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Growing Artichokes (Globe)

Jan F M A M J J A S O N Dec
      P P P P          

(Best months for growing Artichokes (Globe) in Australia - tropical regions)

P = Sow seed

  • Easy to grow. Sow in garden. Sow seed at a depth approximately three times the diameter of the seed. Best planted at soil temperatures between 15°C and 18°C. (Show °F/in)
  • Space plants: 160 - 200 cm apart
  • Harvest in 42-57 weeks.
  • Compatible with (can grow beside): Needs a lot of space. Best in separate bed
  • Ready to harvest
  • Globe artichoke

Superthistles growing to 1.2-1.3m high with a spread of 1.2x1.2m . Very pretty, can be part of a herbacious border.

Harvest from second year. Artichokes grow particularly well in sandy soil. Can be propagated by suckers or offsets. In temperate/warm areas a well fertilised plant will live for about five years and throw up suckers each year. Artichokes aren't hardy enough to overwinter in areas with very cold winters. In cold areas choose a hardy variety from a local supplier and grow it as an annual, with 10 days' exposure to cool daytime temperatures during spring. Transplant only when all danger of frost is past in your area. Aphids and earwigs can be a nuisance.

Culinary hints - cooking and eating Artichokes (Globe)

Pick buds before scales develop brown tips .
If you have lots of small buds, they can be fried in olive oil and eaten whole.
Rinse in plenty of cold water to remove earwigs or other insects.

Your comments and tips

17 May 19, Jude (Australia - sub-tropical climate)
Purchased 3 artichoke plants in a nursary closing down. It is the end of May, was thinking I would plant out in the flower garden, such a beautiful plant. You mentioned not to let fruit in the 1st year, do I just cut them back or dead head them. We get light frosts am I better planting in a shade house. This is my first attempt at growing artichokes.
23 Apr 19, Maria Agenbag (Australia - temperate climate)
Hi. I'm in the Barossa where we have really hot summers up to 45c in Feb and really cold winters. I want to plant seeds I got hold of. When would you suggest I do that. I do have a small green house. Should I use that and when. Thank you so much Maria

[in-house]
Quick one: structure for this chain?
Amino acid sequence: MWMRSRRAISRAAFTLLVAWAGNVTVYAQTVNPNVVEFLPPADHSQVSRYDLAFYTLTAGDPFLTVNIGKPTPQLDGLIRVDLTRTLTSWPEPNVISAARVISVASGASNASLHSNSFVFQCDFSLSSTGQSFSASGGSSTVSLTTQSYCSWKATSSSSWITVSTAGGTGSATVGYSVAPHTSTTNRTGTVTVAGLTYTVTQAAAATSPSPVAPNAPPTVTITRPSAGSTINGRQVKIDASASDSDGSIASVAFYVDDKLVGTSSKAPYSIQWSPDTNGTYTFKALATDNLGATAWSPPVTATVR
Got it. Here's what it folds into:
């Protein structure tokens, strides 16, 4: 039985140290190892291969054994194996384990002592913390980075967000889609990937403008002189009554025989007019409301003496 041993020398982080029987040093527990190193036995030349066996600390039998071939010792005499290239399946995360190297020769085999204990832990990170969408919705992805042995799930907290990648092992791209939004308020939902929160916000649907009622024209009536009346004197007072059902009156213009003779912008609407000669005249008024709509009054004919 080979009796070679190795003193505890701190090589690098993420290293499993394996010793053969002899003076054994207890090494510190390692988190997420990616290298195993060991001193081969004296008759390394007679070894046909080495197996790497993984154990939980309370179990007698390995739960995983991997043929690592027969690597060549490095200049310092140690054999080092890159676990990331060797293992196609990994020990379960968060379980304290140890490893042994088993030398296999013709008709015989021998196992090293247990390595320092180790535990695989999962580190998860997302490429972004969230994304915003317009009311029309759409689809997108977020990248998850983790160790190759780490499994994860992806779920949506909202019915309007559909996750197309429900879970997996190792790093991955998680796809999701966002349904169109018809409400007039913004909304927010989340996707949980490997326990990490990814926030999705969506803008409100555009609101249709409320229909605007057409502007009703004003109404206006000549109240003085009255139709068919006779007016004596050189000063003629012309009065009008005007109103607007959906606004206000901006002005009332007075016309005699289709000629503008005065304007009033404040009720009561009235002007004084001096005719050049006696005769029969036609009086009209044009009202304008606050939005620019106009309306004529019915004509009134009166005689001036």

30 Jan 19, Gary Sant (Australia - sub-tropical climate)
Hi Mike. I just planted an artichoke seedling. Found it at Bunnings. I read it will take about a year to bear fruit. Fingers crossed.
31 Jan 19, Mike (Australia - sub-tropical climate)
Might need some looking after in this heat. Good luck!
01 Nov 18, Gary Sant (Australia - sub-tropical climate)
I had an artichoke plant last year which produced a few fruit. The plant disappeared at the end of the season. Will it sprout out of the ground again this year? I hope so.
01 Nov 18, Mike (Australia - sub-tropical climate)
It sounds like it died. Did you have frosts in winter. Read the notes here and maybe a bit of research on the net. I would plant another couple subject to your weather conditions.
07 Nov 18, Gary Sant (Australia - sub-tropical climate)
Thanks Mike. No frosts were I live in Sydney. But I think you are right and it died. ☹️
16 Jul 18, Mike (Australia - sub-tropical climate)
On Zone 13b it has no planting date - so probably won't grow. In tropics in Australia it says plant April to July. You could try.
13 Jul 18, timothy Bryan hawaii (USA - Zone 13b climate)
Anyone grown Artichokes in Hawaii? I'm on the North Shore so its pretty rainy periodically, but temps are in the 70s-80s. Basically its the windward side of the island on Maui. My wife loves them so i'd like to try I already bought two plants any suggestions would be great!! thanks!
27 Mar 17, Erica Nielson (Australia - temperate climate)
Since globe artichokes don't like the cold, should I wait until after winter to divide the suckers? I use living mulch and hay to protect them from the cold I'm in Esperance, which has a fairly mild climate, but every summer we get the odd day 47degrees that simply knocks all the leaves off, probably because it's near a shed wall. Is there anything else I can do to protect it from the random heat waves? I suppose I could shift it so it doesn't get radiant heat. I appreciate any input. Thank you Erica
Showing 1 - 10 of 52 comments

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This planting guide is a general reference intended for home gardeners. We recommend that you take into account your local conditions in making planting decisions. Gardenate is not a farming or commercial advisory service. For specific advice, please contact your local plant suppliers, gardening groups, or agricultural department. The information on this site is presented in good faith, but we take no responsibility as to the accuracy of the information provided.
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